Observers close to the Gulf countries believe that Iran already controls four Arab capitals, namely Baghdad since the overthrow of the former Iraqi president Saddam Hussein, Damascus as a result of Iranian support for Syrian President Bashar Al-Assad, Beirut through the influence of the Lebanese Shia group Hizbullah and Sanaa through Iranian support for the Houthi rebels.

The Houthis and Saleh control north Yemen, where the Shia-affiliated Zaidis make up the majority of the population, while Hadi’s forces with the support of Saudi Arabia control the rest of the country.

According to a USAID report published in December, the areas that have been most afflicted by the present conflict include the Red Sea coast, especially the city of Al-Hudayda which is controlled by the Houthis and Saleh supporters.

The report says that in 2016, 5.1 million people in Yemen were receiving some form of humanitarian aid, revealing a tragedy that the international community has thus far been unable to resolve, despite statements by O’Brien to the UN Security Council that the UN and the international relief agencies could do more if conditions were calmer.

No ceasefire in Yemen has lasted longer than a few days, however, and the Yemenis have barely been able to catch their breath before the conflict starts again and the relief agencies have been unable to reach them.

According to USAID, the largest donor of aid to Yemeni civilians is the UAE, also the second largest force in the Arab Coalition, which has given some $454 million. It is followed by the US at $327 million, Saudi Arabia $192 million and the UK at $169 million.

The European Union follows with $86 million, Germany with $60 million, Japan with $47.5 million, Kuwait at $27 million, Sweden at $26 million and finally Canada at $20 million.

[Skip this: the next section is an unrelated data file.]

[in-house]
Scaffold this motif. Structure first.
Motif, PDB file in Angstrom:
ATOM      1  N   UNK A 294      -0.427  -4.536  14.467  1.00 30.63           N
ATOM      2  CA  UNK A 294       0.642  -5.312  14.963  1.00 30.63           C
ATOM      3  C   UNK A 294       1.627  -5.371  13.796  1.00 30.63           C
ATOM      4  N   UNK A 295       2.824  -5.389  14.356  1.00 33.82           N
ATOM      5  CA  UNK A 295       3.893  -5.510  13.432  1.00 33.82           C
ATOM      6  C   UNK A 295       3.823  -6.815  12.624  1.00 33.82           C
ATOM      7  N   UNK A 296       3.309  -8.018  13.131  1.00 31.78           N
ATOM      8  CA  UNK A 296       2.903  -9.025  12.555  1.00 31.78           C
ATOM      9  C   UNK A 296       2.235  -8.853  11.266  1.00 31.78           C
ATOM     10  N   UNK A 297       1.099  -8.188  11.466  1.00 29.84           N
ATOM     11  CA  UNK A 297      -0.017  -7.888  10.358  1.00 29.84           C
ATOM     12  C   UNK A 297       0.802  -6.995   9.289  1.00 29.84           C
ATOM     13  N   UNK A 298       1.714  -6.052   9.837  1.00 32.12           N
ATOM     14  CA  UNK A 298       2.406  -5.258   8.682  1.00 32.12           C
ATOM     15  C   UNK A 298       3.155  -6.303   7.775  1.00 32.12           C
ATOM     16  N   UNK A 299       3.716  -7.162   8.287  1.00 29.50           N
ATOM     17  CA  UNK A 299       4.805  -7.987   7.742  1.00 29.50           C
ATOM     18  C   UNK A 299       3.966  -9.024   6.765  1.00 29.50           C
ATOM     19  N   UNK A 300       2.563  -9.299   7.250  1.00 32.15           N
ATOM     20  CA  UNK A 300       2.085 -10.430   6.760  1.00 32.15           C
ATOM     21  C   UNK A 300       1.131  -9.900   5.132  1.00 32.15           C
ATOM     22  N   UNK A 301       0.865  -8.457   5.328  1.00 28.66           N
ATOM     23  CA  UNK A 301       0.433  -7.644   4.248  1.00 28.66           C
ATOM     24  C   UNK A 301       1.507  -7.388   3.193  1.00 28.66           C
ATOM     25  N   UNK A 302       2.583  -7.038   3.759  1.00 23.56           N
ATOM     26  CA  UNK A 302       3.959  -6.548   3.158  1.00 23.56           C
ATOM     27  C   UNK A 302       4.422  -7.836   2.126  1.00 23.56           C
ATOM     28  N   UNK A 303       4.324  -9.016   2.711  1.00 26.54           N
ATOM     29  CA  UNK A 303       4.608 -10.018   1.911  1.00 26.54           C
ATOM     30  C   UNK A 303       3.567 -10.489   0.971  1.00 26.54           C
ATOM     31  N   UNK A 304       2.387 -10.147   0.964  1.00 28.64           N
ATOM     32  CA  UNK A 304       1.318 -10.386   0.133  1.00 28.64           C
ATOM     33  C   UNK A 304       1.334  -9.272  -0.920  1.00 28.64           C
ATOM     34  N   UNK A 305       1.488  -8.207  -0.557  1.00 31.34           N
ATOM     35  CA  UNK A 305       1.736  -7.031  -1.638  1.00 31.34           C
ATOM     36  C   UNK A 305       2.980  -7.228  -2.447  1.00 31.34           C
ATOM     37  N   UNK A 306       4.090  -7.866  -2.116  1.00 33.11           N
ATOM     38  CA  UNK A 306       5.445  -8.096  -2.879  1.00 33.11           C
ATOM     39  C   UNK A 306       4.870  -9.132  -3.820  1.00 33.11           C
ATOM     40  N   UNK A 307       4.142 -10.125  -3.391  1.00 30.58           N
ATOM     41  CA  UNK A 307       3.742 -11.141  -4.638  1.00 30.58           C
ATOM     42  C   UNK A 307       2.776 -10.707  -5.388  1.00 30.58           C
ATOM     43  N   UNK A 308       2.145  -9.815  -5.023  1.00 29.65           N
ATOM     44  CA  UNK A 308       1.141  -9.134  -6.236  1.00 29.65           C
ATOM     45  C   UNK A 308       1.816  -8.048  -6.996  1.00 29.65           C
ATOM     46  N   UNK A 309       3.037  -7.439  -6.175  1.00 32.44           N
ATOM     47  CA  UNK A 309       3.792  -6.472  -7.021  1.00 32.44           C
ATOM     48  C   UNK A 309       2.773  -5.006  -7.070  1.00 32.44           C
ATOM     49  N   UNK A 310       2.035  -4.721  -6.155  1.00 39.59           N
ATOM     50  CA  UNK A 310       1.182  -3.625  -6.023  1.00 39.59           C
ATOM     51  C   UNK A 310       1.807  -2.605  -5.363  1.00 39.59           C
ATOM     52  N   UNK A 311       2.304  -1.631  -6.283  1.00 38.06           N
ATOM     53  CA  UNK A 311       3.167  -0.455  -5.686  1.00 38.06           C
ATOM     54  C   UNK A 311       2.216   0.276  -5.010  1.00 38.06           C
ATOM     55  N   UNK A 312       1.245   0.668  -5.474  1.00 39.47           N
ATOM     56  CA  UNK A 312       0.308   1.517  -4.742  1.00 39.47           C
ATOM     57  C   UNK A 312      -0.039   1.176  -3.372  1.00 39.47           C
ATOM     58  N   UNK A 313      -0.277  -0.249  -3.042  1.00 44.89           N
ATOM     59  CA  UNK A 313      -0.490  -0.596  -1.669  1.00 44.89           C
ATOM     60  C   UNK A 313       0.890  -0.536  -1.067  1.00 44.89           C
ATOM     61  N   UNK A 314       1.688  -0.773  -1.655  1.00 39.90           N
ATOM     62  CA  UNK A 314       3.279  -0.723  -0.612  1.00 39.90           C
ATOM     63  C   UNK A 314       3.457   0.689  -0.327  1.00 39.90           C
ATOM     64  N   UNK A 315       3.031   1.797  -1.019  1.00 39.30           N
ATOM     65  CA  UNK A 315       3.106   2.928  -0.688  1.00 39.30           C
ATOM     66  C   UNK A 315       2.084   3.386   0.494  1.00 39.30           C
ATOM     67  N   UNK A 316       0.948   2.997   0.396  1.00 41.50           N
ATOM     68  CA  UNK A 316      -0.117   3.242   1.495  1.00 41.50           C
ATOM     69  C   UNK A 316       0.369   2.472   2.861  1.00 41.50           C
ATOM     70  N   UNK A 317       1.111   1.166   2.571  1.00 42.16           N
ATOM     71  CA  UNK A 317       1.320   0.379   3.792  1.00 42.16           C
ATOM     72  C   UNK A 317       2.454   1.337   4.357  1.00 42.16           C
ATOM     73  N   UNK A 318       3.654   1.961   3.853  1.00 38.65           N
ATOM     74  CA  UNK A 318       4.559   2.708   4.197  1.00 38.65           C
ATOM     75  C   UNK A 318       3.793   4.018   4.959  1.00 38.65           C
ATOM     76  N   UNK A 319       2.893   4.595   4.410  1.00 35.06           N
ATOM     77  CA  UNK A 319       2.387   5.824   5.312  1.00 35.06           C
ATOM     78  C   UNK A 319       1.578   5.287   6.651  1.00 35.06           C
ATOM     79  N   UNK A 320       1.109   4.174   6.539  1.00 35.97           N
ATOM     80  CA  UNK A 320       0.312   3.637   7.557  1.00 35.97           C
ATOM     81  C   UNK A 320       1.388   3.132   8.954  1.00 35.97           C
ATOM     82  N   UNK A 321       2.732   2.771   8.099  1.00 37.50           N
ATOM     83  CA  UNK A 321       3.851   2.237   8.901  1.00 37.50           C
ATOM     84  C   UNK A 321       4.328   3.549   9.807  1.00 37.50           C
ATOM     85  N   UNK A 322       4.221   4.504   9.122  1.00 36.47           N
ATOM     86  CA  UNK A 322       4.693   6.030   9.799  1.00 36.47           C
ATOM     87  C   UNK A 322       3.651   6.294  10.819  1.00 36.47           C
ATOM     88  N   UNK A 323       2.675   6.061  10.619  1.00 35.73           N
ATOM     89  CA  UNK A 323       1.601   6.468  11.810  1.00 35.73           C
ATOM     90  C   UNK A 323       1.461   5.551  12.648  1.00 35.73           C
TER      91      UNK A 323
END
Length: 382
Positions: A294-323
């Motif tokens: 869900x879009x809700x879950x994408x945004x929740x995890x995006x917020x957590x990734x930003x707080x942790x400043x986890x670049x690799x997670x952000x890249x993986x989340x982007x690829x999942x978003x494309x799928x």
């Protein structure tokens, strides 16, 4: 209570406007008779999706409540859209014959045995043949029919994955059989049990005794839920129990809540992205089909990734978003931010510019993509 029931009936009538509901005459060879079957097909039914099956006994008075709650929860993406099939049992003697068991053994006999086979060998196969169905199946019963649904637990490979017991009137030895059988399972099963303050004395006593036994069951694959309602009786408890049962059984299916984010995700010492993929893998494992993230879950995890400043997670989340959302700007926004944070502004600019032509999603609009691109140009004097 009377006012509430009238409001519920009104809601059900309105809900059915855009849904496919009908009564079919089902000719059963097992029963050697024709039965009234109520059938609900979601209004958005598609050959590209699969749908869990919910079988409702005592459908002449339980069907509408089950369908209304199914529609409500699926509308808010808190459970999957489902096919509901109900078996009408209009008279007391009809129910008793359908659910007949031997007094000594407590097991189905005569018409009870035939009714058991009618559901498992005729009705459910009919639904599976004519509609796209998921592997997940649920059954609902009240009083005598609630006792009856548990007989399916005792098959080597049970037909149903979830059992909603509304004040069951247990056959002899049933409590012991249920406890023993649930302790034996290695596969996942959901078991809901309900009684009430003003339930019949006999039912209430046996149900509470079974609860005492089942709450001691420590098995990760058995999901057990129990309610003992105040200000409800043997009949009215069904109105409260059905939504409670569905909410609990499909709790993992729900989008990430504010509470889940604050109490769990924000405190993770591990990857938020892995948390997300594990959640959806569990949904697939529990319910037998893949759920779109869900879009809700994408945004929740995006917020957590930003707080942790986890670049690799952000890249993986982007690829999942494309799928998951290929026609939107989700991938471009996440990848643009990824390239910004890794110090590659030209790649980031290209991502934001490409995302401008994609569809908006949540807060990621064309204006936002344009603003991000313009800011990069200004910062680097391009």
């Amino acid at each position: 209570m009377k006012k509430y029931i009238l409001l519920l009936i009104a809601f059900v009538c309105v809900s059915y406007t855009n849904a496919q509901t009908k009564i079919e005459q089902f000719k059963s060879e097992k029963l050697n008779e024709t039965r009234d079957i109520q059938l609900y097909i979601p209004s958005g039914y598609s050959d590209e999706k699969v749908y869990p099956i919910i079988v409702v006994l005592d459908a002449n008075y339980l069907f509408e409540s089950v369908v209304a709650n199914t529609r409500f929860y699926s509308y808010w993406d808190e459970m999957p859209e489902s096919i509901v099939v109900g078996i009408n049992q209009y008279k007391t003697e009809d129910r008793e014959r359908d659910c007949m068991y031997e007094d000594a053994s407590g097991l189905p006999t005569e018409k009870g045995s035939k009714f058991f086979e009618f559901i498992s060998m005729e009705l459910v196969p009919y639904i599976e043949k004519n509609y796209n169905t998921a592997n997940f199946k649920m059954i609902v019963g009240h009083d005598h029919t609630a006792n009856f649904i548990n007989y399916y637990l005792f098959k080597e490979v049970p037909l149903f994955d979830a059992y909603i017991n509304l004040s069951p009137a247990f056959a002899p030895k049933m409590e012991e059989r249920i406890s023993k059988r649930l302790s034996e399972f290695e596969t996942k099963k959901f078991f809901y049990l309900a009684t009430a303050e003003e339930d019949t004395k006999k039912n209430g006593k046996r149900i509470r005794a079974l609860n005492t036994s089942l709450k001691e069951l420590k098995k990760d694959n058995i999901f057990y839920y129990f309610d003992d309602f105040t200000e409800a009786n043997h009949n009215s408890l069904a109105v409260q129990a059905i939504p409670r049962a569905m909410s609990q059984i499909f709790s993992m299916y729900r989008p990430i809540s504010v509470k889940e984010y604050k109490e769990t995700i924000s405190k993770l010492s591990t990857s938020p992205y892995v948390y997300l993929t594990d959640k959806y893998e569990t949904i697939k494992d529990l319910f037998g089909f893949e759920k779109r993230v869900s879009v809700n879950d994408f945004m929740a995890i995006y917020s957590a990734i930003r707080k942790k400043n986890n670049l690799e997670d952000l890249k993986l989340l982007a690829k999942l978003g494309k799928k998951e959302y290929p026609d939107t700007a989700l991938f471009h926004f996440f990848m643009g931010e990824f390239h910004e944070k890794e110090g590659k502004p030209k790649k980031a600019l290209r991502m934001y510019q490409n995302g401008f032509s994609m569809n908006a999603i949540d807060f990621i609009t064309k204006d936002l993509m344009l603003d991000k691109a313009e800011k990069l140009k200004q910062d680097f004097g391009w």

According to 2017 estimates, it is expected that the number of people in need of humanitarian relief will increase and basic services will deteriorate further as air strikes and the ground war continue in the absence of a political solution on the horizon.

Today, the ancient Arabia felix, or “Happy Yemen,” the historic name of a country that in ancient times enjoyed great wealth compared to the rest of the Arabian Peninsula, is the poorest country in the Middle East and North Africa region.

For more than three decades under Saleh, who ruled North Yemen after 1978 and a united Yemen from the early 1990s, the country suffered from instability, mismanagement, tribal influence and sectarianism. There was almost a complete lack of infrastructure until the early 1980s as well as widespread unemployment among young people.

The country also saw several conflicts in the last decade under Saleh’s rule. In the central regions, Al-Qaeda is believed to have made alliances with several tribes in Al-Marib, making it one of the terrorist group’s strongest branches under the name of Al-Qaeda in the Arabian Peninsula (AQAP).

In the north of the country, Saleh waged six rounds of war (2006-2010) against the Houthis who are Zaidi Shias and are believed to constitute about half of the population. The Saudi air force assisted the government in the last round of war.

In Aden, the capital of the former South Yemen, Saleh fought against the separatist Southern Movement after the civil war in 1994, with his government claiming that it had succeeded in maintaining the country’s unity by so doing.

All these conflicts have exhausted the people of Yemen, and they have led to the current stand-off between the Houthi-Saleh forces in the north and the forces loyal to President Hadi in south Yemen.

add comment

  • follow us on